Alimony is dictated by N.J.S.2A:34-23 including the amendment known as the New Jersey Alimony Reform Act.
The New Jersey State Supreme Court, in Crews v. Crews, 164 N.J. 11 (2000), ruled that the supported spouse’s standard of living during the marriage dictates alimony and any future modifications. The ruling extended the doctrine of Lepis v. Lepis, 83 N.J. 139 (1980), which said the goal of alimony is to assist the supported spouse in achieving a lifestyle “reasonably comparable” to the one during the marriage. The ruling in Lepis dictates that a substantial change in circumstances is grounds to revisit any financial award of support.
The Alimony Reform Act eliminates the misconception that the supported spouse is only entitled to maintain the marital lifestyle. Rather, the new law provides that neither party has greater entitlement to the standard of living (or a reasonably comparable standard of living) established during the marriage. In essence, if the supported spouse is to share in the benefit of the financial situation, they should also be compelled to share in any downturn in the financial situation, just as if they would if the marriage were still intact.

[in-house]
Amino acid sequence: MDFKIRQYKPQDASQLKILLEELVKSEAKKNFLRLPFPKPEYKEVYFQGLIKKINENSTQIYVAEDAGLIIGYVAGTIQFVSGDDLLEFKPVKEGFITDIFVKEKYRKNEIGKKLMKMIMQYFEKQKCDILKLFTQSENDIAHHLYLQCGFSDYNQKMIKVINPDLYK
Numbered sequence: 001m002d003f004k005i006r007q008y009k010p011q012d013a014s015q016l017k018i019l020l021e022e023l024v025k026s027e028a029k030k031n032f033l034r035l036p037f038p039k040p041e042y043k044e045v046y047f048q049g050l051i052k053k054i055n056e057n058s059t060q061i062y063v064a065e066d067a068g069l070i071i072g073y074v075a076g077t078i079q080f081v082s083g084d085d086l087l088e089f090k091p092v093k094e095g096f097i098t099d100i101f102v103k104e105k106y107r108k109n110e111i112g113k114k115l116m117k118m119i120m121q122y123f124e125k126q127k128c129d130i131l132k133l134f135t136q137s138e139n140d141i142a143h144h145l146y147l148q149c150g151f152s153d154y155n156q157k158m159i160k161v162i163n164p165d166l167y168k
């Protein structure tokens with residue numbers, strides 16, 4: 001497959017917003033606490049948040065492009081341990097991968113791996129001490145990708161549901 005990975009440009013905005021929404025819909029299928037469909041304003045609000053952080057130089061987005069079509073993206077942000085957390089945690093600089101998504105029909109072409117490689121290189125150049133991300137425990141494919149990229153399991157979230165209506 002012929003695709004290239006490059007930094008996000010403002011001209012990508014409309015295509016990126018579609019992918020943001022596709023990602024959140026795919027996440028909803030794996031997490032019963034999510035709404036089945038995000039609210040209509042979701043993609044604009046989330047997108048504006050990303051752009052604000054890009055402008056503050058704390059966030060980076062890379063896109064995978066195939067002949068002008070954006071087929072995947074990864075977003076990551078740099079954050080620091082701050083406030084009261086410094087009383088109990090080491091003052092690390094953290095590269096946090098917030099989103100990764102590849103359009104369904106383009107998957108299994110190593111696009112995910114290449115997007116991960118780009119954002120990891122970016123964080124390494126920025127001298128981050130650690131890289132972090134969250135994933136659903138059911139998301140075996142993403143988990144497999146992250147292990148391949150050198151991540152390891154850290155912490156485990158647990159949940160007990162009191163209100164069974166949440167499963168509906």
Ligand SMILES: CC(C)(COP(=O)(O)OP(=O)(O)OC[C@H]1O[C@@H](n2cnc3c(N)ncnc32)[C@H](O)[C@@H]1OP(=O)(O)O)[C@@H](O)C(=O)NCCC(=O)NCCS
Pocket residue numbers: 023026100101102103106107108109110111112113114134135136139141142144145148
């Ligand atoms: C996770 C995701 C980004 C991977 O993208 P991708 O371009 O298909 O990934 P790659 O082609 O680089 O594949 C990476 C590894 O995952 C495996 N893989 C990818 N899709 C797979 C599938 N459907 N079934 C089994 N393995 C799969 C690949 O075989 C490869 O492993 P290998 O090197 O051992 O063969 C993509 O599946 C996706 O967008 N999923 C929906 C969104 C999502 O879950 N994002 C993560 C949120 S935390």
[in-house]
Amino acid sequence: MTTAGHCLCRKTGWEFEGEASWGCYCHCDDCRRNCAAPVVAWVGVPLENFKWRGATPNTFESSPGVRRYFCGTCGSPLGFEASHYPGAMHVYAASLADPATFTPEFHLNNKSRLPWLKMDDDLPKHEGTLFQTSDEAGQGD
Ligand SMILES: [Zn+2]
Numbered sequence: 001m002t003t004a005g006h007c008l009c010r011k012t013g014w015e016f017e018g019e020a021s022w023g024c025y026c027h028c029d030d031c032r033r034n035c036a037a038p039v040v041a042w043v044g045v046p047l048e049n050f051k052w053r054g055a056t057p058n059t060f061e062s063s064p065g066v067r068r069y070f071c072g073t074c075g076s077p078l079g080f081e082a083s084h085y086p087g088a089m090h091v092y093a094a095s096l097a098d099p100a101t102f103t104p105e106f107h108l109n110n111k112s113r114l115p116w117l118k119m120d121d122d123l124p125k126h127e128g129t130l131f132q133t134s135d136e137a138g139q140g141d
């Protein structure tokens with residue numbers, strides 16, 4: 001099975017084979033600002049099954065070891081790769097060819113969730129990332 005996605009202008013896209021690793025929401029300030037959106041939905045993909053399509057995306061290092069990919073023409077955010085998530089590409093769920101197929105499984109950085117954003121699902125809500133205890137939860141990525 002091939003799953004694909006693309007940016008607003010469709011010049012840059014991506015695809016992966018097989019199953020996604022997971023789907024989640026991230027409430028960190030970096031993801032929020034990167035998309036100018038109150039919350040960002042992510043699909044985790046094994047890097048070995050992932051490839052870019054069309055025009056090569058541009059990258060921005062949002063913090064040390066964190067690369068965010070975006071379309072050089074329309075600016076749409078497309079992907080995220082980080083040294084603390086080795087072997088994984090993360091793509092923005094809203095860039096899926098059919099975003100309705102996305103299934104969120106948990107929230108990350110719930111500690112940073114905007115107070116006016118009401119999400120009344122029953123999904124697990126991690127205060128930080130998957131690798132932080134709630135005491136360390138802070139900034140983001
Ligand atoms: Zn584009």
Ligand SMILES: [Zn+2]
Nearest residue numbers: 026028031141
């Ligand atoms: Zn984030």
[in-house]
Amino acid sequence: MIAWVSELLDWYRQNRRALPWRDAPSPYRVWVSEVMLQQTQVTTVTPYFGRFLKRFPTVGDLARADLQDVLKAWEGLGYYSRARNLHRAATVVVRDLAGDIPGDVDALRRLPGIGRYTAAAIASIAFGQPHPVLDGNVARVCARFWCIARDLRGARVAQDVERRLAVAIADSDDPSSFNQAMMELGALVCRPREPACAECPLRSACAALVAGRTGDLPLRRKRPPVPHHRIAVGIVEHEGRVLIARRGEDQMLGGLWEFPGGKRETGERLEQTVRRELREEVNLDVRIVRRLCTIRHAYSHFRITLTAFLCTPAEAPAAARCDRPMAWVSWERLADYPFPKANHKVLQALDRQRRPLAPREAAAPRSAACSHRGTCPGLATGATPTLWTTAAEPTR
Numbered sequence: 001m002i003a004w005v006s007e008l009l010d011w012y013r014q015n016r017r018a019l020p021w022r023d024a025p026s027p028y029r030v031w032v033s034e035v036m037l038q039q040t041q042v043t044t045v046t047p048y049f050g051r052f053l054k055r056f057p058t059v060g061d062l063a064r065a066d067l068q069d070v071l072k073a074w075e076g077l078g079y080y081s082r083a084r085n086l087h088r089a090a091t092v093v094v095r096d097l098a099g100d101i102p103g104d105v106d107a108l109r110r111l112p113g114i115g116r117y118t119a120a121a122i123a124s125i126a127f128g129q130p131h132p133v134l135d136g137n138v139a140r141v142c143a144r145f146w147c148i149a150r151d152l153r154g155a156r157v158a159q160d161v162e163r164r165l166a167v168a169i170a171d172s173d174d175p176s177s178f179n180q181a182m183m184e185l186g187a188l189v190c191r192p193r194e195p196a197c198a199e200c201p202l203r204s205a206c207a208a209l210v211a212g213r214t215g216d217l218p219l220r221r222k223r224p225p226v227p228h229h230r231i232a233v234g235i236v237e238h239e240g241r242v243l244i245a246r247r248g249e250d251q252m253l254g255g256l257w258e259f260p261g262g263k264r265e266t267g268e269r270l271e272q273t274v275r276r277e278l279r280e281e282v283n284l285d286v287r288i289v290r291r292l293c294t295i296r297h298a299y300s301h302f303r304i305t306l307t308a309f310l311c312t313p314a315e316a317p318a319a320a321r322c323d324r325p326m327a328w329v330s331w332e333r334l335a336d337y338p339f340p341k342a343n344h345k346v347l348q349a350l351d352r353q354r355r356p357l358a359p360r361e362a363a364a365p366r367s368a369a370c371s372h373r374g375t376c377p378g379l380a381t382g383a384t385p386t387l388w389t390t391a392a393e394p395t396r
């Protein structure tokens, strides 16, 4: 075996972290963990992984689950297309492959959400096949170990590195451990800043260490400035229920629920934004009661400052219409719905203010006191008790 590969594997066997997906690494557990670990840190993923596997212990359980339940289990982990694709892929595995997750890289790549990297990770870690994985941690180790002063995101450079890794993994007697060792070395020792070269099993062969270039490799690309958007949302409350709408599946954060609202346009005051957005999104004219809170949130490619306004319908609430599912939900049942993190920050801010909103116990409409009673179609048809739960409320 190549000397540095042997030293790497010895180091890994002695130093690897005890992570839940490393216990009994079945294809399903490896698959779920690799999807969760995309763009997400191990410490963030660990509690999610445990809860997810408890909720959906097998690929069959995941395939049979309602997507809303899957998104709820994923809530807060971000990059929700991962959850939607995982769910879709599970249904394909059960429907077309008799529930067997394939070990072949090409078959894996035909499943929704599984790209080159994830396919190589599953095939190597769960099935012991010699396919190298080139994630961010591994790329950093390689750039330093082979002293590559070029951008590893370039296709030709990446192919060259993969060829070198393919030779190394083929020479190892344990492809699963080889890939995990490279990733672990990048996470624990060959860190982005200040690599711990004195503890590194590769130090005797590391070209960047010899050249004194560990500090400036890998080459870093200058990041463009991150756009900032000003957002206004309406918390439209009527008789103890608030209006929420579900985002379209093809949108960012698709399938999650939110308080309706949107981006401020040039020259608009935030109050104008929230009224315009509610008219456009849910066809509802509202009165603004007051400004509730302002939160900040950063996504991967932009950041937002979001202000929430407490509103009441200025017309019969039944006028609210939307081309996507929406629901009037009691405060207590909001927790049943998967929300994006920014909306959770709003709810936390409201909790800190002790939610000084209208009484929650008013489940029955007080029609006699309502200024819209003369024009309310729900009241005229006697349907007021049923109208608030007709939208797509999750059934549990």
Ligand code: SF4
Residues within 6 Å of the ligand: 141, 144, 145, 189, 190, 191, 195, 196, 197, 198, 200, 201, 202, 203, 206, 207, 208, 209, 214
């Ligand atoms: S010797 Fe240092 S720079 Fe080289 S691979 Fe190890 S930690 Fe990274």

The Alimony Reform Act helps in several very important ways. Prior to the amendment a judge could simply deny an application for alimony modification by saying that not enough time had passed to establish a long-term change of circumstances – as dictated by Lepis – that would lead to a modification of alimony. That discretion is now mitigated as the judge is required to investigate whether there is a change of circumstances after 90 days of unemployment, and actually defines what a change of circumstance is by listing the factors for a judge to consider. And rather than being a clear cut “yes or no” issue, a judge can have the option to afford some flexibility to the payer and create a temporary modification dependent upon the actual circumstances.
The amendment to N.J.S.2A:34-23Alimony Reform Act states:
When a non-self-employed party seeks modification of alimony, the court shall consider the following factors:
(1) The reasons for any loss of income;
(2) Under circumstances where there has been a loss of employment, the obligor’s documented efforts to obtain replacement employment or to pursue an alternative occupation;